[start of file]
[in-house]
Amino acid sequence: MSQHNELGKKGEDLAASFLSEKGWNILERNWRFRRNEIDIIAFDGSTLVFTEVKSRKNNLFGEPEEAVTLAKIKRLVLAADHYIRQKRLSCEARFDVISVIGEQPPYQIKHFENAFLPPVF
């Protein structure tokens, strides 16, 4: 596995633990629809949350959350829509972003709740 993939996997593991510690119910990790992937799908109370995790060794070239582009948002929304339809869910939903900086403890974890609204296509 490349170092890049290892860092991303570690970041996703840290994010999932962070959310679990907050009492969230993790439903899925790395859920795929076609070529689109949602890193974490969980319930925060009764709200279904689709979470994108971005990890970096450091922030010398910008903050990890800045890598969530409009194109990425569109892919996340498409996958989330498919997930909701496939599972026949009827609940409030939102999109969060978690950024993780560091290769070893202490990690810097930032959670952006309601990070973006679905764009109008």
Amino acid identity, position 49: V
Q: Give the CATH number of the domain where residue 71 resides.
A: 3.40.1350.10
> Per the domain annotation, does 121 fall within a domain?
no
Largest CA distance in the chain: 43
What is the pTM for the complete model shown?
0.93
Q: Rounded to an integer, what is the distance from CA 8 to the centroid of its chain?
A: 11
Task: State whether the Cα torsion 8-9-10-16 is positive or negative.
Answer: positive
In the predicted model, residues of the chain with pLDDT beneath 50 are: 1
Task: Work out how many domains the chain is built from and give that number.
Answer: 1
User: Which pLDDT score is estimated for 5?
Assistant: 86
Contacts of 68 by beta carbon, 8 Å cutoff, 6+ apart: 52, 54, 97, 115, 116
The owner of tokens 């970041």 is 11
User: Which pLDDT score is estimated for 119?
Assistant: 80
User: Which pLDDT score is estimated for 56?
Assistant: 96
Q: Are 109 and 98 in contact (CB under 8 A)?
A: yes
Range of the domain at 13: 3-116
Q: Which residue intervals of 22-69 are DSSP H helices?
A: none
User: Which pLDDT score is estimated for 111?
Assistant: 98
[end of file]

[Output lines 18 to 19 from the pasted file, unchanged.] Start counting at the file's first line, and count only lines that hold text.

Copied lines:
Answer: 1
User: Which pLDDT score is estimated for 5?